When loading or discharging bulk cargoes at Argentinean ports, many Masters have experienced the demand of cargo interests to use the shore scale figures to determine the loaded/discharged quantity arguing that only shore figures are recognized locally.
Taking this into consideration, Dimitris Valavanis, Claims Executive, Lawyer, Piraeus, Gard Club, explains if this is true and if owners, charterers and operators are obliged to accept the shore scale figures blindly.
According to Mr. Valavanis, Argentina has ratified the Hague Rules and the country’s Maritime Law has included most of the principles of the Hague-Visby Rules.
Before 2013, importers and exporters could select the method to be used to establish the weight of dry bulk cargoes. In June 2013 the Argentine Customs Authorities issued General Resolution No. 3506 on Determination of weight by draft and tanks’ sounding for operations with solid goods in bulk according to which Customs will decide the method of determining the cargo weight between the shore scale and draft survey figures.
It is a misconception that only the shore scale figures are accepted in Argentina. Even if the shore scale figures are chosen by Customs Authorities, the vessel may perform a draft survey and any of the parties involved may also engage surveyors to take part in such draft surveys
states Mr. Valavanis, adding that operators are expected and obliged under the Hague-Visby Rules to conduct their own draft surveys when loading or discharging cargoes. The draft survey figures will be a point of reference when shippers present a bill of lading reflecting shore figures.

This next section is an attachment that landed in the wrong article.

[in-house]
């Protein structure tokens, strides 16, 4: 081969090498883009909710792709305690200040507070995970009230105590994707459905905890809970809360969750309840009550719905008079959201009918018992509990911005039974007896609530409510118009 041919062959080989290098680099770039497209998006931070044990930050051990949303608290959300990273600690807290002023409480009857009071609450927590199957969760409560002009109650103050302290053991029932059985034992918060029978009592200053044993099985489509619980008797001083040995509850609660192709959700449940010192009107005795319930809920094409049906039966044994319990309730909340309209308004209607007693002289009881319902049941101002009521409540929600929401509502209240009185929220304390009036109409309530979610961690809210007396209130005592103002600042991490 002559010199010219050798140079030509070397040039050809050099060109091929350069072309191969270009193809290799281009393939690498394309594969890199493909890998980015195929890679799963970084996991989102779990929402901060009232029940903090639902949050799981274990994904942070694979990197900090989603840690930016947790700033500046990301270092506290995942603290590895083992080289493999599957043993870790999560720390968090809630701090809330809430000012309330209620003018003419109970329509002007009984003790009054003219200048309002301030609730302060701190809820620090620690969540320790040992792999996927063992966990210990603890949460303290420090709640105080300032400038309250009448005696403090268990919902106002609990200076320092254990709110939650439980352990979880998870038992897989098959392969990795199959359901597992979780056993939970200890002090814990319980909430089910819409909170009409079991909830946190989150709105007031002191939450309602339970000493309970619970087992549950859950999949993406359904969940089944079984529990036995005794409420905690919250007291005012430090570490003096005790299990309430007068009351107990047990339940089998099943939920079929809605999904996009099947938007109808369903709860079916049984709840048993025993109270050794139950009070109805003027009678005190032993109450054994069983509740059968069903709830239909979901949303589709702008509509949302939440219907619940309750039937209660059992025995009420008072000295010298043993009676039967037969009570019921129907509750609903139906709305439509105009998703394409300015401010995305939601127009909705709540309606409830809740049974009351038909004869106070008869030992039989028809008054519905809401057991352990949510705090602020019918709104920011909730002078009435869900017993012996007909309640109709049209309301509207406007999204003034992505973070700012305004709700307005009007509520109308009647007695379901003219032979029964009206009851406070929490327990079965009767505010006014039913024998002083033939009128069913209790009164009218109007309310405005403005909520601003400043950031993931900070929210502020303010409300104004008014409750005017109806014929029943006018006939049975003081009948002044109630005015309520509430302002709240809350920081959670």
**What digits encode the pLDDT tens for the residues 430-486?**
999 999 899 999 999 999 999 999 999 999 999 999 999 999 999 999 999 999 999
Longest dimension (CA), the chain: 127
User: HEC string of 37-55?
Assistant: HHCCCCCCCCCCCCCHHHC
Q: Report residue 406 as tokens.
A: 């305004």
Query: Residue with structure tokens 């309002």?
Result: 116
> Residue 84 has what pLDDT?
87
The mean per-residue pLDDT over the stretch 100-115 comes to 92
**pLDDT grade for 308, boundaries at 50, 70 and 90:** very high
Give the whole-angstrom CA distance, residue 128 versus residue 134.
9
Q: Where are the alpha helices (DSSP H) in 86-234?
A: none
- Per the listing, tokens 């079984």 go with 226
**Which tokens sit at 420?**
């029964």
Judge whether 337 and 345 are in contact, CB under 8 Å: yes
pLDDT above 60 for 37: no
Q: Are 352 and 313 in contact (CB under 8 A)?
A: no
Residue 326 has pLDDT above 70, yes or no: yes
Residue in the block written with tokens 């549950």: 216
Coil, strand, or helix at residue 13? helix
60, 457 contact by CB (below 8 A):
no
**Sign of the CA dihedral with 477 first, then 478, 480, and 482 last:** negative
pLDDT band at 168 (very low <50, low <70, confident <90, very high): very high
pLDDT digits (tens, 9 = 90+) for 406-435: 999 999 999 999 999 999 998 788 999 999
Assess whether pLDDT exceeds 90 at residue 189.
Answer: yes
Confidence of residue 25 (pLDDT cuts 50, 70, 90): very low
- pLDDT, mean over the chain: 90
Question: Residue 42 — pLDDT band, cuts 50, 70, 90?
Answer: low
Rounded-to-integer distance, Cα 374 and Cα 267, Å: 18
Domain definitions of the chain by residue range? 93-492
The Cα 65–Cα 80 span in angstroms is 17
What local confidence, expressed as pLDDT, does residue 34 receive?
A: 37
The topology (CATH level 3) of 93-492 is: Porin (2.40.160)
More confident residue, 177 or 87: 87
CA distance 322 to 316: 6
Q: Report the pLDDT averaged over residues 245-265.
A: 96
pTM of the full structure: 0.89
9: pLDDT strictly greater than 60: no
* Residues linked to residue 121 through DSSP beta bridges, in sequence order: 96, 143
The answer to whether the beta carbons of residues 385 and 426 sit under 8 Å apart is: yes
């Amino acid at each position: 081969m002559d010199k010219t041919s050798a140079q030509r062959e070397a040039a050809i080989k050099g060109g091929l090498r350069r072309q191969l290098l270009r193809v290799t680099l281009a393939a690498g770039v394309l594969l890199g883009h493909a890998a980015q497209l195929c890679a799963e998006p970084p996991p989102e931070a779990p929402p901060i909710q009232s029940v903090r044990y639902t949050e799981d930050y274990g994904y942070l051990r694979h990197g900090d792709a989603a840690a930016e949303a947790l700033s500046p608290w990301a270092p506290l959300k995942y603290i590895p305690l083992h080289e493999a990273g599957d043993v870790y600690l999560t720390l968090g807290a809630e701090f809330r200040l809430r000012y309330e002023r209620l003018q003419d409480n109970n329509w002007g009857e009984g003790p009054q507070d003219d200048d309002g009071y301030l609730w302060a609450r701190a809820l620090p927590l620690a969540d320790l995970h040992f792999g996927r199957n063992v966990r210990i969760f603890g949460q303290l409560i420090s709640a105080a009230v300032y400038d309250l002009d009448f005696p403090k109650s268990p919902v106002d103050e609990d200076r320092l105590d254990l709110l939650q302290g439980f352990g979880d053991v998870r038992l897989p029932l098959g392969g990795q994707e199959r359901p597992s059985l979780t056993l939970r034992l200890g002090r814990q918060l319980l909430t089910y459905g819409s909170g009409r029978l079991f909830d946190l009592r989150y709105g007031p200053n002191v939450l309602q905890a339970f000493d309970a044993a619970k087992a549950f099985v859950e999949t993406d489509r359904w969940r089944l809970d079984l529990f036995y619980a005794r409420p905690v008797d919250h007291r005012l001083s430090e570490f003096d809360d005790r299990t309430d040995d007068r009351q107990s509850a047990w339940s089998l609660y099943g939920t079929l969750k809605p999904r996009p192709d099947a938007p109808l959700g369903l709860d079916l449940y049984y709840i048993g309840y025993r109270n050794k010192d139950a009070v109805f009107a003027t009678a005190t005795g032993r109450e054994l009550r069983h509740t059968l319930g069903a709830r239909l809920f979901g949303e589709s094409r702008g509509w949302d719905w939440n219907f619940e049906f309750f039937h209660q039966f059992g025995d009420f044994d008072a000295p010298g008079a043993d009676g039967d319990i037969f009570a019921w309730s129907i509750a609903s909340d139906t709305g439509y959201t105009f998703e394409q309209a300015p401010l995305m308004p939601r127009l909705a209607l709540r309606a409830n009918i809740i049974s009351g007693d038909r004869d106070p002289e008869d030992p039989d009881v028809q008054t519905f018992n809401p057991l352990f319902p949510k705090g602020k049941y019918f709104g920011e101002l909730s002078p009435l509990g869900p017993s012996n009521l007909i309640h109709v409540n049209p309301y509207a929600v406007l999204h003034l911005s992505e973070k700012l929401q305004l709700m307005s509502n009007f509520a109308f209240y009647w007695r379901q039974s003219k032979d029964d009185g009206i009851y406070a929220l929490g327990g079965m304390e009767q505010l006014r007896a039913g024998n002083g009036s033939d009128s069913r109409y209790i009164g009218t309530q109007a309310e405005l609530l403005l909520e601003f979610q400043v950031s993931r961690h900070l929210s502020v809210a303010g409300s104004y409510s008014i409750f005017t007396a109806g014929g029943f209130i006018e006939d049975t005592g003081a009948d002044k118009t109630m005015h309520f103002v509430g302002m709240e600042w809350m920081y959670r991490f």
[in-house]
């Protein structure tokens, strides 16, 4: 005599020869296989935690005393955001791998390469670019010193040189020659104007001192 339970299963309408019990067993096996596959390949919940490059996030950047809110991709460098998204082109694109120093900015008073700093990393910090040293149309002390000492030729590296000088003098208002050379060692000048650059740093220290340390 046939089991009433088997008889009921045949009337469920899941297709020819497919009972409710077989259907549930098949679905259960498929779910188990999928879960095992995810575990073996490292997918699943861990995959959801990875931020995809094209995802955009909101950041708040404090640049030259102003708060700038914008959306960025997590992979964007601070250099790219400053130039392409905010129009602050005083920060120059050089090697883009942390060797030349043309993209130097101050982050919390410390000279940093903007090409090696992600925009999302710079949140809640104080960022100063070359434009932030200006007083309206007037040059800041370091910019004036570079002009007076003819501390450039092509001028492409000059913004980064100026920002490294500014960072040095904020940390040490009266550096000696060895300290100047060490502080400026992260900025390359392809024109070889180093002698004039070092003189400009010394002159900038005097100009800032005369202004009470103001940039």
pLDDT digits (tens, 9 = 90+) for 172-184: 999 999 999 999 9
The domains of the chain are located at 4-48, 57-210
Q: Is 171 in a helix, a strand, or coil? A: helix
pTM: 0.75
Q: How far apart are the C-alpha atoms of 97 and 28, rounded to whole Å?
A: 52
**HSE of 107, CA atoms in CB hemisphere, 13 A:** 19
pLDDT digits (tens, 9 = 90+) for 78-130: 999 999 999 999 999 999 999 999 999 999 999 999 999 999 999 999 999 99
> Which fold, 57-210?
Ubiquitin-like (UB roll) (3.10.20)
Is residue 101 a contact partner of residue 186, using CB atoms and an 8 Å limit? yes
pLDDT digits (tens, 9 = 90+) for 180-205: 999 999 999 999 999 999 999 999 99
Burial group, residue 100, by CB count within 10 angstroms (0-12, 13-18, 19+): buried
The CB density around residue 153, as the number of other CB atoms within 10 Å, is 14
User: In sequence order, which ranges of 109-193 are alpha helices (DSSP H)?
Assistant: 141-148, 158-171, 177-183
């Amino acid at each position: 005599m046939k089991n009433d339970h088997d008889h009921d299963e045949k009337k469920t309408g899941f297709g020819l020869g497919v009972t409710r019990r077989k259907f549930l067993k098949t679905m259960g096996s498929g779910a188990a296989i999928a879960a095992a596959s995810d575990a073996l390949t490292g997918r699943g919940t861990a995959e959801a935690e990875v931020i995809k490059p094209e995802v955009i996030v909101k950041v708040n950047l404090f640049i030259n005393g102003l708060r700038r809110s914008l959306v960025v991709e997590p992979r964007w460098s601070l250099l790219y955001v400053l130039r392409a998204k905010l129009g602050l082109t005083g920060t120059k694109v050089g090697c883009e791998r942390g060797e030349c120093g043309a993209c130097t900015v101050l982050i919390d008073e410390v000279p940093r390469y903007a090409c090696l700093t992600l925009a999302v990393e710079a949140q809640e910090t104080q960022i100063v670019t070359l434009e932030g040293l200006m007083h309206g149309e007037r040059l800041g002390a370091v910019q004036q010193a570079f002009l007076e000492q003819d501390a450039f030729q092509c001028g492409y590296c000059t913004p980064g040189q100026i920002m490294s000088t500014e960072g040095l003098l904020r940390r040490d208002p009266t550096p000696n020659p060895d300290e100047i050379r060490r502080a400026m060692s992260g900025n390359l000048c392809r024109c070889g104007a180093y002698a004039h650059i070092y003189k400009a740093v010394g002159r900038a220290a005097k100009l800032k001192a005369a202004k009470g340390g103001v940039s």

As Gard claims, in Argentina the most common problem is when local shippers present the shore figures to be added into the bills of lading and there is a discrepancy between such figures and the vessel’s draft survey figures. If the discrepancy is within normal or customary limits, it is usually acceptable to issue clean bills of lading with the shore figures without any remarks.
However, what is a normal or customary discrepancy depends on the circumstances and the means of measurement used to determine the ship’s figures.
It is to be expected, however, that if the discrepancy exceeds the 0.5% the risk of shortage claims at the discharge port is increased. Even then, shippers insist that no remarks can be inserted into the Mate’s receipts and bills of lading and will advise the Master to issue a letter of protest recording such discrepancy
Considering the above, Gard recommends the below steps when the discrepancy in the figures is more than 0.5% and shippers insist that the shore figures are inserted into the cargo documents without any remarks:
- Inform the Association immediately to appoint a surveyor to board the vessel and conduct an independent final draft survey to verify the accuracy of the vessel’s measurements. It is preferable to have all interested parties (shippers and charterers) attend but if such interested parties decline an invitation, the Master should record this in a letter of protest and proceed with the independent draft survey.
- Notify charterers/shippers immediately of the discrepancy and propose to either load additional cargo so that the difference is brought below 0.5% or invite them to accept a remark on the cargo documents which will refer to the vessel’s draft figures as well as the shore scale figures. Under the Argentinian navigation law (N° 20094) Section 204, the Master is entitled to include in the Mate’s Receipts any remark linked to the state and condition of the goods.
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